Fortunately, as a result of these developments, we understand discussions with relevant Coast Guard, CBP, and State Department officials in Washington D.C. have recently been taking place which hopefully will result in new approaches and agency coordination on the proper policy on issuing B-1 visas to crewmen who will work on offshore wind projects on the U.S. OCS.

With regard to U.S.-flag vessels, absent some exceptions, the officers and unlicensed seamen crew aboard a U.S.-flag vessel must be U.S. citizens.  It has not been uncommon in the past for companies to place persons aboard a U.S.-flag vessel to perform special operations that U.S. citizens could not perform.  However, the Coast Guard interprets the term "seaman" broadly to mean any individual engaged or employed in the business of a vessel or a person whose efforts contribute to accomplishing the vessel's business, whether that person is involved with operation of the vessel.  Accordingly, individuals being compensated for performing their jobs while the vessel is underway are considered seamen for the purpose of applying citizenship requirements.  However, the Coast Guard does not consider a person who is briefly visiting the vessel in a consulting capacity, or shoreside personnel who come on board vessels while they are not underway to load or unload cargo, or to perform services such as maintenance of shipboard equipment, to be a crew member.  In summary, in the Coast Guard’s view only a foreign citizen that fits the description of a “consultant” can perform services aboard a U.S.-flag vessel.

There is also a new issue with regard to who must possess a Merchant Mariner Credential (“MMC”) when employed aboard a U.S. flag vessel.  In general, individuals serving aboard vessels of at least 100 GT must have an MMC, with certain exceptions. In short, under the law, unless otherwise excepted, an MMC is issued to qualified mariners and is required for any person “engaged or employed” on board a vessel of 100 GT or over.  The term “engaged or employed” is very broad.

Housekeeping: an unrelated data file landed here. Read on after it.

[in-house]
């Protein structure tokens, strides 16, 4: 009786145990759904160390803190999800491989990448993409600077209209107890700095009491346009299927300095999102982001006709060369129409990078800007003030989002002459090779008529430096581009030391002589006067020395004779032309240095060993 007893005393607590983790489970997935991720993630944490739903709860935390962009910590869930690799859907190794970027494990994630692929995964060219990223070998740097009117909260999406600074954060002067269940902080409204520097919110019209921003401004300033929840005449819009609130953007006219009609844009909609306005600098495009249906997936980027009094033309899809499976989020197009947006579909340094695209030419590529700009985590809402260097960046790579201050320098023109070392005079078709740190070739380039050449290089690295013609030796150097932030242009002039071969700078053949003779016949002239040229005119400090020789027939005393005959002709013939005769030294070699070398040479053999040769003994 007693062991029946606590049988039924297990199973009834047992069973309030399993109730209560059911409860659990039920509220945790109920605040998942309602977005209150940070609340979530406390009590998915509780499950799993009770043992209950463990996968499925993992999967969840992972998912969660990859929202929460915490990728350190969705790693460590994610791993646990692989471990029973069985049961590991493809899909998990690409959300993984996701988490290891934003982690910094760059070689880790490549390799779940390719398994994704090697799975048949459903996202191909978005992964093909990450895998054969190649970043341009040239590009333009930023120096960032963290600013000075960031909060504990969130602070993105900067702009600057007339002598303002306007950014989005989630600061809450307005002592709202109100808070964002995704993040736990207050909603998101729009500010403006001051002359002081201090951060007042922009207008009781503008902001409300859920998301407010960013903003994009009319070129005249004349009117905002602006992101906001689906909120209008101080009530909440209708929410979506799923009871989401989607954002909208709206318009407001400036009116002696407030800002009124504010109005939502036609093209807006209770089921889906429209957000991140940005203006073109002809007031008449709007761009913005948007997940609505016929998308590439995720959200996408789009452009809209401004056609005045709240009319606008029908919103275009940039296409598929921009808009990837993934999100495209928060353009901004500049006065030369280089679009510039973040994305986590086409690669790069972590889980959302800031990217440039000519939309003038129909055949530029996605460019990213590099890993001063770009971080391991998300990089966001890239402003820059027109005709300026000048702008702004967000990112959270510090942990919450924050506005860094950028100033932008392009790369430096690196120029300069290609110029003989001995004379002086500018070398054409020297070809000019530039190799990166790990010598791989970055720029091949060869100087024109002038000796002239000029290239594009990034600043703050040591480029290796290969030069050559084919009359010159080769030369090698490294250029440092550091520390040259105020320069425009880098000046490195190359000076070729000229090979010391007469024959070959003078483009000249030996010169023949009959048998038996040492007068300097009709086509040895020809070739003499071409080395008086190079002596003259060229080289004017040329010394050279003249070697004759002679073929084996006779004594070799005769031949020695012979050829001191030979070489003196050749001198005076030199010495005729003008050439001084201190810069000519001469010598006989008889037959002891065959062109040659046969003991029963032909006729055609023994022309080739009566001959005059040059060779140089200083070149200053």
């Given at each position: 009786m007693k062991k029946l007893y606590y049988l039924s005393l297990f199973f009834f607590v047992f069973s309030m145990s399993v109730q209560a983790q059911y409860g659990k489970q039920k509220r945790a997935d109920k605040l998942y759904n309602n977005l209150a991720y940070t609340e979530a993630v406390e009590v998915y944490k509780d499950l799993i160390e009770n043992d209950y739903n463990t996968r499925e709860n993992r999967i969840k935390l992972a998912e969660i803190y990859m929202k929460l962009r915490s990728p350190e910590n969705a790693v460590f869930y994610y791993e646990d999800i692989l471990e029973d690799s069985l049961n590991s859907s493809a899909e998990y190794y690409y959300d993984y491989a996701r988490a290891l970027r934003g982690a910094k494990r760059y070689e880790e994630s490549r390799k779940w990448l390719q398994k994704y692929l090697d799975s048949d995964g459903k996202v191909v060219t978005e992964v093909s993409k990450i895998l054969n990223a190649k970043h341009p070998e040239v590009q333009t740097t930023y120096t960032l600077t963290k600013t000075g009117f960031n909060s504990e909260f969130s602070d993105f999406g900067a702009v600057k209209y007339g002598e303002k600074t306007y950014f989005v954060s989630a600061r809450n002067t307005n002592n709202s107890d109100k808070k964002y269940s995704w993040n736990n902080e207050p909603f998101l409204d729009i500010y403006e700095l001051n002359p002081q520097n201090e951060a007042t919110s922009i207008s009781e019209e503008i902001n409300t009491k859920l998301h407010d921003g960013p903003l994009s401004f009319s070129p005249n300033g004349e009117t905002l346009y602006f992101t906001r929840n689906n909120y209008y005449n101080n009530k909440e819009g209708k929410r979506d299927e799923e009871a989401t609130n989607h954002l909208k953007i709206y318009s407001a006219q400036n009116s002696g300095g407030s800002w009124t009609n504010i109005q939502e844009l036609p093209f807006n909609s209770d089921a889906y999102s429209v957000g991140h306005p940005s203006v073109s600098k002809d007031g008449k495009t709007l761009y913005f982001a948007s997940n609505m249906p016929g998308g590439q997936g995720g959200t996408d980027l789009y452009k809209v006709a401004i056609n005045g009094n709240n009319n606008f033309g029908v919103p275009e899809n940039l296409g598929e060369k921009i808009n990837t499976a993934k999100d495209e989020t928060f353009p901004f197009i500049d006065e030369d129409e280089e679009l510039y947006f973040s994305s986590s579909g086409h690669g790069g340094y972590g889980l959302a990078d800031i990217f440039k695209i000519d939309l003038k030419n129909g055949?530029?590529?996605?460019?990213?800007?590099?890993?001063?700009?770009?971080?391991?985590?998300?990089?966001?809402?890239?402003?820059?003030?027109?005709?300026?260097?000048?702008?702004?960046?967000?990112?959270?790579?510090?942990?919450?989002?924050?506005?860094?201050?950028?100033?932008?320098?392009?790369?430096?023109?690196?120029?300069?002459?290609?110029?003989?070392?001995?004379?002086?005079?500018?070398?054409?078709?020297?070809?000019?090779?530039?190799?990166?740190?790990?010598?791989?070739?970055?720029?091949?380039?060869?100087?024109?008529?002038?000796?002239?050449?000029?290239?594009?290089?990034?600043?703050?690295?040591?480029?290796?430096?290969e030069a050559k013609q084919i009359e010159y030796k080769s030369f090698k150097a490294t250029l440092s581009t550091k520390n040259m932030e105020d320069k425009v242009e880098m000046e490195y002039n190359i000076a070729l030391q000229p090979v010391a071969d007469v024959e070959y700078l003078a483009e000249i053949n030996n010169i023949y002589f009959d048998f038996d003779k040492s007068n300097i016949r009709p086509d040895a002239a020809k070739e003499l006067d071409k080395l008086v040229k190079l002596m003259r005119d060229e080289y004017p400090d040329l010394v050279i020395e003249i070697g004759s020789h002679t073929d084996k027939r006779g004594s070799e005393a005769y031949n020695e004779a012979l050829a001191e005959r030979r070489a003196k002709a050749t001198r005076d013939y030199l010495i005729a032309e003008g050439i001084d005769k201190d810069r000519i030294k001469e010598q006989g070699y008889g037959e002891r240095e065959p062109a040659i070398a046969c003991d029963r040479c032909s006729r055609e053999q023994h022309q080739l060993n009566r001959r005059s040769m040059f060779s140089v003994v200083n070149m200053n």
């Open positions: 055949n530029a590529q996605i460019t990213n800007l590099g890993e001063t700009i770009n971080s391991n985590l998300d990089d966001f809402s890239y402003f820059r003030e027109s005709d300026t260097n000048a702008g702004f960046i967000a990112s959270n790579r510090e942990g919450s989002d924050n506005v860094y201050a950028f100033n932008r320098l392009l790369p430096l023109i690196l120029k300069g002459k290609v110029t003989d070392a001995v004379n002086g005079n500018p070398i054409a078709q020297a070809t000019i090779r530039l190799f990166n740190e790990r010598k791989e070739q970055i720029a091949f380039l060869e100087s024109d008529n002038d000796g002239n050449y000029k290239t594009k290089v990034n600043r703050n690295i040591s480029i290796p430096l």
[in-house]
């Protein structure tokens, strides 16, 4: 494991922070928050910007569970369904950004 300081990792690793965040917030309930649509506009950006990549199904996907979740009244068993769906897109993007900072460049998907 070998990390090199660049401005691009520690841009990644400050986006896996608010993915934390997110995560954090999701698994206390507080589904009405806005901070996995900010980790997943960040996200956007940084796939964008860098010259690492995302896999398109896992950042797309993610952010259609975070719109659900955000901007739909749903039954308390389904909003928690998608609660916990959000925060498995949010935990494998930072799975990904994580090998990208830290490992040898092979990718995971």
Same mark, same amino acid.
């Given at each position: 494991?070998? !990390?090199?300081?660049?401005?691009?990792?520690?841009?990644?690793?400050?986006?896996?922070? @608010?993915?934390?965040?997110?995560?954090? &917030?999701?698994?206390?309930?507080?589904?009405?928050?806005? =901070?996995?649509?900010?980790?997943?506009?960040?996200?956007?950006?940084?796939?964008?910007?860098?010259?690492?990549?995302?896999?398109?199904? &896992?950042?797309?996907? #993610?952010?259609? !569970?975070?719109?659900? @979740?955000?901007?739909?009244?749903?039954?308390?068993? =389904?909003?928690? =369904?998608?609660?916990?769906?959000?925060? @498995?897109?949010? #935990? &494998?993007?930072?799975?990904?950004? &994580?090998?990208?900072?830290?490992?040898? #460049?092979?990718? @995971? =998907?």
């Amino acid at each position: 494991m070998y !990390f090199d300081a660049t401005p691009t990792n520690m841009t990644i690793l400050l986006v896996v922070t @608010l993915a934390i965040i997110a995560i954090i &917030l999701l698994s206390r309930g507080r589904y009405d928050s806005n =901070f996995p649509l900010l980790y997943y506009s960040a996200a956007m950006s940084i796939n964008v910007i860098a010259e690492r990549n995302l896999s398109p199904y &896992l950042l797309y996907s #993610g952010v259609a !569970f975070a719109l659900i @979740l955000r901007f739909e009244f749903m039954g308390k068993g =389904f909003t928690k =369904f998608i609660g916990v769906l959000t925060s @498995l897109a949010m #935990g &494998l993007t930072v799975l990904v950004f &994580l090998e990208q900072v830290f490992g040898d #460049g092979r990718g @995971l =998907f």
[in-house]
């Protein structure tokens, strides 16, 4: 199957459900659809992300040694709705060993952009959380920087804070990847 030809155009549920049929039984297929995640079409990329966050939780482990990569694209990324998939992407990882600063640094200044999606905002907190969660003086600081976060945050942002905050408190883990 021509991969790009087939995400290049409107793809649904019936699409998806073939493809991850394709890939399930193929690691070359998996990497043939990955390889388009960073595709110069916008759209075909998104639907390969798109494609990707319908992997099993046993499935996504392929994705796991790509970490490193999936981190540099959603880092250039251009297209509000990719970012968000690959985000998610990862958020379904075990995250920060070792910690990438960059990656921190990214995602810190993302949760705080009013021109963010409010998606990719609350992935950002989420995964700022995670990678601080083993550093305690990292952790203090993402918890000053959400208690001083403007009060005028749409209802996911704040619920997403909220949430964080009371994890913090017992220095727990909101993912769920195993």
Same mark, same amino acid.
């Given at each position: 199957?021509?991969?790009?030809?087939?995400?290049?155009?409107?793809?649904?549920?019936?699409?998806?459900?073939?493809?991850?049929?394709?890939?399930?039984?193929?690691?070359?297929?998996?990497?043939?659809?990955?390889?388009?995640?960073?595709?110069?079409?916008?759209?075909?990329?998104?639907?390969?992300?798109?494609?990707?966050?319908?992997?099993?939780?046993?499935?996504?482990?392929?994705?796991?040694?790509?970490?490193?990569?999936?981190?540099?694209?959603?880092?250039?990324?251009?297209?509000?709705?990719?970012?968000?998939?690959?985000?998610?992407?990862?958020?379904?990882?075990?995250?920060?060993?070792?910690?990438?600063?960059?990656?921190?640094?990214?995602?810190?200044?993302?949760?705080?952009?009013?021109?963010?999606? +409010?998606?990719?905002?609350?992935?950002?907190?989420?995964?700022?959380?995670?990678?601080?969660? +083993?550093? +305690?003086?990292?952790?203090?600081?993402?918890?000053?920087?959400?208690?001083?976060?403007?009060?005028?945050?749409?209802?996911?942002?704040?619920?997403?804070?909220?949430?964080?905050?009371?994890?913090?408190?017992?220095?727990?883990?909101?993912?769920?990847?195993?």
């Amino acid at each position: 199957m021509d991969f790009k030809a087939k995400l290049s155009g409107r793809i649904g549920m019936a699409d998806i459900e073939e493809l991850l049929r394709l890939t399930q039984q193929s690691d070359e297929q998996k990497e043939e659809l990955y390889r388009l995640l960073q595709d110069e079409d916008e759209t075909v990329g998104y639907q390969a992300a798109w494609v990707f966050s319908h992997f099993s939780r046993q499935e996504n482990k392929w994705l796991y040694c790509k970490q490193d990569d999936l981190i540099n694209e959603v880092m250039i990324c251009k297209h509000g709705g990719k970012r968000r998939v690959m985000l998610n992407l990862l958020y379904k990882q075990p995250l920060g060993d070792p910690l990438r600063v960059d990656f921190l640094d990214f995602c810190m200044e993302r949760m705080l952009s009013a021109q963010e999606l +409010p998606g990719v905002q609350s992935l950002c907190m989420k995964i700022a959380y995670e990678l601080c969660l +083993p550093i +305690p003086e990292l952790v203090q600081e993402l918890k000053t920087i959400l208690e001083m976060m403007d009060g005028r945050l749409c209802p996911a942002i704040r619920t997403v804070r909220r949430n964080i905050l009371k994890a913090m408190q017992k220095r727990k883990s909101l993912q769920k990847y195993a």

Certainly, the navigation and marine crew of a vessel possess should and do possess MMDs.  However, typically other personnel serving aboard a vessel do not necessarily possess an MMD.  This is particularly the case with regard to many operations taking place offshore related to energy development on the OCS.  Many industrial-type personnel currently do not possess MMCs.

Despite the fact that this law has been on the book for decades, it appears that the Coast Guard is taking a more aggressive stance and there have been some incidents recently in which the Coast Guard has started to enforce this requirement. Accordingly, absent a change in the law, there could be more circumstances arising in which vessel owners or operators may not be able to operate their U.S.-flag vessels unless everyone who is employed or engaged on the vessel possesses an MMC.

In conclusion, owners and operators of vessels engaged in offshore wind farm operations should be aware of these developments and the various agencies will need to coordinate their interpretations of the marine-related laws governing vessel crewing to ensure conflicting interpretations do not impede the development of this promising new offshore wind industry.  

About the Author

Jonathan K. Waldron is a partner in the Blank Rome's Washington, D.C., office who concentrates his practice in maritime, international and environmental law, including maritime security. He served in the U.S. Coast Guard for 20 years, attaining the rank of commander, and was senior counsel to the Marine Spill Response Corporation.